Sunday, September 21, 2014

Into the Wild

I've been avoiding writing this post for a while now. It feels premature. I'm not ready to write about my year- to sum up, to take stock. We had no summer. Where did the summer go? How is it September already? What is this turning of the seasons?

In some ways, this has been a very good year. I moved into a beautiful new apartment. I have a lovely new roommate. And as I keep telling anybody who will listen- I have a garden which gives me an inordinate amount of joy. In other ways it's been a very difficult year. The job that I thought would be steady and stable turned out to be neither steady nor stable, so I left and am now, once again, job searching. My cat spent a good few months being terribly sick and even now I am continually surprised that she is still alive And then, of course, there was the war and the growing feeling of disillusionment  and dread that accompanied it.

But lo, the new year is upon us, for better or for worse. That is the way time works, evidently.  This year is into the wild. It's a shmitta year. Shmitta is the Biblical injunction to let your land lie fallow every seven years (among other things) It is a sabbath for the land, which is a lovely concept. The truth is,though, shmitta is kind of a pain on so many levels. I've just planted my garden and am now faced with the prospect of just letting it be- no fertilizing, no pruning, no weeding- just watering and the bare minimum that needs to be done to keep it alive. It's hard. Every morning, I go outside. I check on my succulent with the pink-red flowers first, then the aphid-ravished jasmine, then the newly planted purple basil, the strawberry plant, the blackberry, the rosemary, the zaatar, the oregano and the thyme. I deadhead the plant with the white flowers, the multi-colored petunias and move back to the succulent to deadhead it too. I watch the natural drama unfolding. The little black cat, who's still half a kitten, has climbed up into the pear tree, and all the birds- the sparrows, the chickadees, the bright-stomached hummingbirds, the jays and four spectacular green wild parrots- come out in furious concert to yell at the intruder. I know that the flowering plants and some of the herbs probably won't survive the winter, but there's nothing I can do about it, and I won't be able to replace them until next September. What will this garden look like come spring, I wonder. I'm giving it over to the wild. It's out of my hands.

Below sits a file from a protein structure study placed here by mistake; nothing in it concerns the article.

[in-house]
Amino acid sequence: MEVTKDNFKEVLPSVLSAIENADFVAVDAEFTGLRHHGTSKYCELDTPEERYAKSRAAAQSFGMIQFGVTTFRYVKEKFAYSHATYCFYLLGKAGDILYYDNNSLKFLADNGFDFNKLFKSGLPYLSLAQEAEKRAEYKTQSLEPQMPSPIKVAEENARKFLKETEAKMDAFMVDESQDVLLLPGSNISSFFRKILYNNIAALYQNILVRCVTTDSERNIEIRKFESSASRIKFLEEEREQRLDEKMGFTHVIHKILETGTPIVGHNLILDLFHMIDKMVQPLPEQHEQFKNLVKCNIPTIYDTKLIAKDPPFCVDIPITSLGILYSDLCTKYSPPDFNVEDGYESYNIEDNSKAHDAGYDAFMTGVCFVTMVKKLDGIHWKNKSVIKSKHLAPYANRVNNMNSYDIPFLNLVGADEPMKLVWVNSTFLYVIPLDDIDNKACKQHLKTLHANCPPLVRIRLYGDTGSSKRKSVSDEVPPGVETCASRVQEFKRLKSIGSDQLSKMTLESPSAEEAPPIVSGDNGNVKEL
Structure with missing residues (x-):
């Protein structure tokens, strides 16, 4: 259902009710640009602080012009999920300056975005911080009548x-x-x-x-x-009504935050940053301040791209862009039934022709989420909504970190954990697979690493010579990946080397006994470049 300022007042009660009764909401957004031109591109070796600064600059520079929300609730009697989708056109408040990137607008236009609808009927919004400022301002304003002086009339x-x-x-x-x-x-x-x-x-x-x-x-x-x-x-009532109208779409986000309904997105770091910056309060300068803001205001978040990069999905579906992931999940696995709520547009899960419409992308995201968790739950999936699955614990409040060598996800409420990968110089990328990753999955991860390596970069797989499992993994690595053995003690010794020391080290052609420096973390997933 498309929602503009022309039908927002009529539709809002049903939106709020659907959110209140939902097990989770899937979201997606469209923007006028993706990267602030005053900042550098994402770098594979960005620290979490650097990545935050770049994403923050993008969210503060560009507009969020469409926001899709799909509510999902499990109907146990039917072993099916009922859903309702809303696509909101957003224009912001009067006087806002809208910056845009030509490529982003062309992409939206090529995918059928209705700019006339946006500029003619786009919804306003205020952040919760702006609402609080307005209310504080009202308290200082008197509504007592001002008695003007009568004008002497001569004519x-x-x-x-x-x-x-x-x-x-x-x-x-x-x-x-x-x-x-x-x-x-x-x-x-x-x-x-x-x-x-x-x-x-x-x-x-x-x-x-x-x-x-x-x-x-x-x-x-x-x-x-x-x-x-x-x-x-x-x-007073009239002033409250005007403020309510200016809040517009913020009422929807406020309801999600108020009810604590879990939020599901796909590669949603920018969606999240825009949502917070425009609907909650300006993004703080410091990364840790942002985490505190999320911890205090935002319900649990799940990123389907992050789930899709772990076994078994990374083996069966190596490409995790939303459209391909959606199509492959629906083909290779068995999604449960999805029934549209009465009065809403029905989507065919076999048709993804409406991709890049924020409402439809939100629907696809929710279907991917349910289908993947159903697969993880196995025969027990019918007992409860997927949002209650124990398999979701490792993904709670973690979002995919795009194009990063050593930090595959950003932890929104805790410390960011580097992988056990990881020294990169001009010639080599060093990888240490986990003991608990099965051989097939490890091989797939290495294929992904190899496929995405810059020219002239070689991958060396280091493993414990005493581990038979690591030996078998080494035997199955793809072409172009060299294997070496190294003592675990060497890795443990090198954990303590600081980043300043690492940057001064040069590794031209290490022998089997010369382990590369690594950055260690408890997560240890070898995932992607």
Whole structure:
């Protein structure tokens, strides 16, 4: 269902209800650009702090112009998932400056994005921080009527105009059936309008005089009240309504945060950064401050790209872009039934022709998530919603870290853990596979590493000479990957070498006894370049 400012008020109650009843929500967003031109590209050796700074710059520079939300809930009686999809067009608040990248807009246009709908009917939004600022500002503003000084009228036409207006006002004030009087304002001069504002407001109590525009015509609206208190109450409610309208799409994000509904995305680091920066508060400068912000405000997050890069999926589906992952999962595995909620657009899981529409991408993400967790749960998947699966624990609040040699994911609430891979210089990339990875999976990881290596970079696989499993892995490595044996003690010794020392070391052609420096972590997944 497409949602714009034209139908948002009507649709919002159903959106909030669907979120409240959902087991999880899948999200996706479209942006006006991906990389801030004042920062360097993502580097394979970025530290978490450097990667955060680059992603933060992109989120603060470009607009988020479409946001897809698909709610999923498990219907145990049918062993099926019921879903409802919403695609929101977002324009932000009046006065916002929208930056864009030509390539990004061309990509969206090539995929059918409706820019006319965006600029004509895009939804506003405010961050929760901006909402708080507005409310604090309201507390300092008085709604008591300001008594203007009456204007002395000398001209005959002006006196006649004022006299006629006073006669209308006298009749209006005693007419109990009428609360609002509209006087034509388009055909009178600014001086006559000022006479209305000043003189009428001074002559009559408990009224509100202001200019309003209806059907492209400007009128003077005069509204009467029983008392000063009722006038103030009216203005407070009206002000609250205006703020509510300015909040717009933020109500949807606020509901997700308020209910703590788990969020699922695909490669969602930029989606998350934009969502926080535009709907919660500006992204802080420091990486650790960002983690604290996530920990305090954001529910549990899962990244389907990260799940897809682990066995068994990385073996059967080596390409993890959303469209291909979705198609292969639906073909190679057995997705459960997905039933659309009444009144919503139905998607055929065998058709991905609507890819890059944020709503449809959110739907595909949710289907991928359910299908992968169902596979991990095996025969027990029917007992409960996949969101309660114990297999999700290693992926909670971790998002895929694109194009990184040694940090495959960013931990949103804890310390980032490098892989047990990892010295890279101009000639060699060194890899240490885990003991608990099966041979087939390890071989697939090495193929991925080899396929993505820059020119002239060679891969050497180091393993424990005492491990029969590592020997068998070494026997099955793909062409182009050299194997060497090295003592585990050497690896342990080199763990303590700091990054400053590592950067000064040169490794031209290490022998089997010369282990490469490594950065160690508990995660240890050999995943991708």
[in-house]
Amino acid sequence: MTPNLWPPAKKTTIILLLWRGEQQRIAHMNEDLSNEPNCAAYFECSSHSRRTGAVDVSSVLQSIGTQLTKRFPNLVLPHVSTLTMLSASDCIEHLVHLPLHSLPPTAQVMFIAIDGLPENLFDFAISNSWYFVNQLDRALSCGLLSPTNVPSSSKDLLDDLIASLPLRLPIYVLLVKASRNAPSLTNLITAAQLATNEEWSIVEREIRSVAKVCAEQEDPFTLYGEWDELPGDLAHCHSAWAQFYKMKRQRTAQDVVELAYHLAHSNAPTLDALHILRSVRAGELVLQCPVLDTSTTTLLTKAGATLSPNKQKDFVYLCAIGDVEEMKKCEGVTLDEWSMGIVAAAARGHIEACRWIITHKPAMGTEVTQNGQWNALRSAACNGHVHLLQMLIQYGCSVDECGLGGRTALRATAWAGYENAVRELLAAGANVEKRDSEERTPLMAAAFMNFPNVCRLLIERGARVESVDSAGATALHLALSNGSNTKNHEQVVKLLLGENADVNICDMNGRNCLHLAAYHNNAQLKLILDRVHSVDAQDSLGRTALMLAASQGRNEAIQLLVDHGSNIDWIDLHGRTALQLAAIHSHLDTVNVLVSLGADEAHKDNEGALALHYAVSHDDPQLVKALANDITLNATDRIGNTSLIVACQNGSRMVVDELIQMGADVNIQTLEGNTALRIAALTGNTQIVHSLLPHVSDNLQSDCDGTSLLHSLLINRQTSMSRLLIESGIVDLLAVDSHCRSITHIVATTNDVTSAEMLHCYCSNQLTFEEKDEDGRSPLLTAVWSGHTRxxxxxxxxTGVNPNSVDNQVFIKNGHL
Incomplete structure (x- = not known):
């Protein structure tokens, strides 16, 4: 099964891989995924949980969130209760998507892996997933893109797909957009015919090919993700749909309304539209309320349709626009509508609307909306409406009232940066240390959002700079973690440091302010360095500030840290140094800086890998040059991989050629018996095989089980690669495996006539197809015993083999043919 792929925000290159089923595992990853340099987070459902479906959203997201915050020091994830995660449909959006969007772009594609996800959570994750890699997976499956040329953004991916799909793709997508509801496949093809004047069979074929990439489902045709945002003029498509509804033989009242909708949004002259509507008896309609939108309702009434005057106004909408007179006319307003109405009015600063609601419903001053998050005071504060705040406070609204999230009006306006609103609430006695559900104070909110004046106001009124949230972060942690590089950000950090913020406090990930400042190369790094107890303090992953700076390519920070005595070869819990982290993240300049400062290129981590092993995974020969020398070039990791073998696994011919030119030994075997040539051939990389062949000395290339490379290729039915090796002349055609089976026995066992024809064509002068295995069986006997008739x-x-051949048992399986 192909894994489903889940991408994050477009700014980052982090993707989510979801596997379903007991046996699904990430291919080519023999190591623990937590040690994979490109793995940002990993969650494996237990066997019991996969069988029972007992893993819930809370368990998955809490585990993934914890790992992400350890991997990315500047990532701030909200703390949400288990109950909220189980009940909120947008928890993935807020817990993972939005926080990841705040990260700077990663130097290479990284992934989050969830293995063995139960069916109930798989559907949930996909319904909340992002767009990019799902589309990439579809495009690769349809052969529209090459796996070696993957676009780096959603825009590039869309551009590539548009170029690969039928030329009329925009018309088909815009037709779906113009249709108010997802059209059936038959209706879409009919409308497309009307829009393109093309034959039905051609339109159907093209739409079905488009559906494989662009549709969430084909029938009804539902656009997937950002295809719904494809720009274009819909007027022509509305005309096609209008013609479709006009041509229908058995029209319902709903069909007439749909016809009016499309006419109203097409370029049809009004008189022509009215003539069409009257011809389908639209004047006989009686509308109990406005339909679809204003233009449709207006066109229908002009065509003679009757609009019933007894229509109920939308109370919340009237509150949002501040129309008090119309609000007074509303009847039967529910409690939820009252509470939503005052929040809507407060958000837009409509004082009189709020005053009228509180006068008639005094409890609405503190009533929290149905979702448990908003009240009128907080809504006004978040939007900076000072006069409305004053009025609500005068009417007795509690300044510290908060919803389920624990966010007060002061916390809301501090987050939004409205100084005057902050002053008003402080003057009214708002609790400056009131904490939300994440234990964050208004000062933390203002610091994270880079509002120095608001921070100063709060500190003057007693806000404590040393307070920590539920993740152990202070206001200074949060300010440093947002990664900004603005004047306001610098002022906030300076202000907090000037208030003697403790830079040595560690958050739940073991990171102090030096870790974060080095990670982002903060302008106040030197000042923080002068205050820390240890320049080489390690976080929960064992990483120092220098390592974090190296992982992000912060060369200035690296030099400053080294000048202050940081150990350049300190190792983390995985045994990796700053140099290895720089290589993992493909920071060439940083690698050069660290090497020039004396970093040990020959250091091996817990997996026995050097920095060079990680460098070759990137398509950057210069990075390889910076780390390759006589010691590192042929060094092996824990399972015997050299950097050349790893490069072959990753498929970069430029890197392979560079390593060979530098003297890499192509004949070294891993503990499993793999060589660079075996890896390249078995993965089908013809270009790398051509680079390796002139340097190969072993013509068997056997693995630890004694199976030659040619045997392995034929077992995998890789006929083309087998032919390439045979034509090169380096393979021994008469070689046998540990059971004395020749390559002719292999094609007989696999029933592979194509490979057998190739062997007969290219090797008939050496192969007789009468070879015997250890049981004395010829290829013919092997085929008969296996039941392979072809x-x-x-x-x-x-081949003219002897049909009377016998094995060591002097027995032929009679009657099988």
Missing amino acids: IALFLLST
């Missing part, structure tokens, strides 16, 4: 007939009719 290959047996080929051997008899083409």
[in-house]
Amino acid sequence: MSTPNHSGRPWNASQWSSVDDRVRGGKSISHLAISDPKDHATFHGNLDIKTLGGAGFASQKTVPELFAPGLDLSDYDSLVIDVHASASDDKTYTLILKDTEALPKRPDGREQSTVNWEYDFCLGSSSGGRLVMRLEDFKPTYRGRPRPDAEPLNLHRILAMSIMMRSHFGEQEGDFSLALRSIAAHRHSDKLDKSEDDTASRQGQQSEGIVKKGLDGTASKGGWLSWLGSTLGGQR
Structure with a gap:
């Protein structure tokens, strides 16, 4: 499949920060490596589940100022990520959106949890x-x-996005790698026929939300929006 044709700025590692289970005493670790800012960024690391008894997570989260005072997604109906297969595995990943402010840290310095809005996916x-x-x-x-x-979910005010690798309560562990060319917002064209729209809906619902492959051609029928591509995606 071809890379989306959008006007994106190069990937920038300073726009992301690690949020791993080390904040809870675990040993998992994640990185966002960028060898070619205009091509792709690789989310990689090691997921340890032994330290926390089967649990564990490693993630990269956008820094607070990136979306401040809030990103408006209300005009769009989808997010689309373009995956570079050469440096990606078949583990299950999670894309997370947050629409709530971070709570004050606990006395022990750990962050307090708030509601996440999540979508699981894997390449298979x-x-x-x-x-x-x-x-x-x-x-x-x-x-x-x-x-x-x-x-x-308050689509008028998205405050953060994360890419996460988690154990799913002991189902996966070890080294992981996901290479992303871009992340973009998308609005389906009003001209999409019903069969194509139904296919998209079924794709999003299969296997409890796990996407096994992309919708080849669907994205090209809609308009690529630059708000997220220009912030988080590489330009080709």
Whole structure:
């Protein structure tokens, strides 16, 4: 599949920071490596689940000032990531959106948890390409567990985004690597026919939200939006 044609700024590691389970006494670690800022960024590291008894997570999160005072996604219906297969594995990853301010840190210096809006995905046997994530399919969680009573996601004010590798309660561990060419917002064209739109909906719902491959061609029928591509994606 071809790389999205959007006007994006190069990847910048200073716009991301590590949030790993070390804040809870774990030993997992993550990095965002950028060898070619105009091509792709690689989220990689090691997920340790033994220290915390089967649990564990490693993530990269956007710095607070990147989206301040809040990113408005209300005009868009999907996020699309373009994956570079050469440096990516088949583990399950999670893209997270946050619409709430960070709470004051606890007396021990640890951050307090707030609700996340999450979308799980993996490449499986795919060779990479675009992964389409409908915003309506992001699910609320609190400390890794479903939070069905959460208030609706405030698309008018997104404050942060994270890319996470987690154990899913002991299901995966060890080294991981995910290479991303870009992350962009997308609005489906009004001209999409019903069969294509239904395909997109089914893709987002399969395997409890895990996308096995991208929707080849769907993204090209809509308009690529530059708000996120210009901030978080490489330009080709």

I don't know how to say things, to wish things, about the coming year. It's come too early. The war's cold fingers are still digging themselves into my ribs and it's hard to shake them off, to see clearly, to have a plan. I'm going into this one with my eyes shut tight. I'm laying down seeds and hoping.

Two recipes for the new year:

Roast Chicken and Potatoes with Silan (Date Honey)

Adapted from Lisa Rubin

1 whole chicken
4 tablespoons of silan
about half an inch of fresh ginger, grated
3-4 cloves garlic, minced
1/3 cup olive oil
a good bunch of thyme
3-4 potatoes, peeled, sliced and parboiled

1. If you have time, season the chicken with salt and pepper and let sit overnight. If not, preheat the oven to 400 F. In a small bowl, mix together the silan, ginger, garlic and olive oil. Toss the potatoes with some olive oil, salt and pepper, and then place them at the bottom of a crock or dutch oven (enameled cast iron is best for this). Take a handful of thyme and place over the potatoes. Place the chicken over the thyme breast-side down. Pour the silan mixture over the chicken, rubbing it under the skin and into the cavity. Stuff the cavity with the rest of the thyme. Roast uncovered for 45 minutes to an hour, or until the internal of the chicken temperature reaches 160 F.

Apple-Celery Salad with Pomegranate-Mustard Vinaigrette

This is not so much a recipe as it is a list of instructions. Do as you like

Roast a handful of almonds, allow to cool and chop. Dice an apple (or two) and a fewish stalks of celery. Slice some red onion thin, thin thin. Wash some lettuce, if you'd like, or leave it out if you don't.  Pour some vinegar into a small bowl, add a good pinch of salt and wait for it to dissolve. Add a grind of pepper, a few good glugs of pomegranate molasses, more if you like things tart, a nice teaspoon or more of Dijon mustard and some olive oil. Whisk to combine. In a large bowl, mix together the apples, celery, red onion, almonds and lettuce, if using. If you'd like add some nice, mild cheese, but it's totally optional. Dress with the vinaigrette. Eat.

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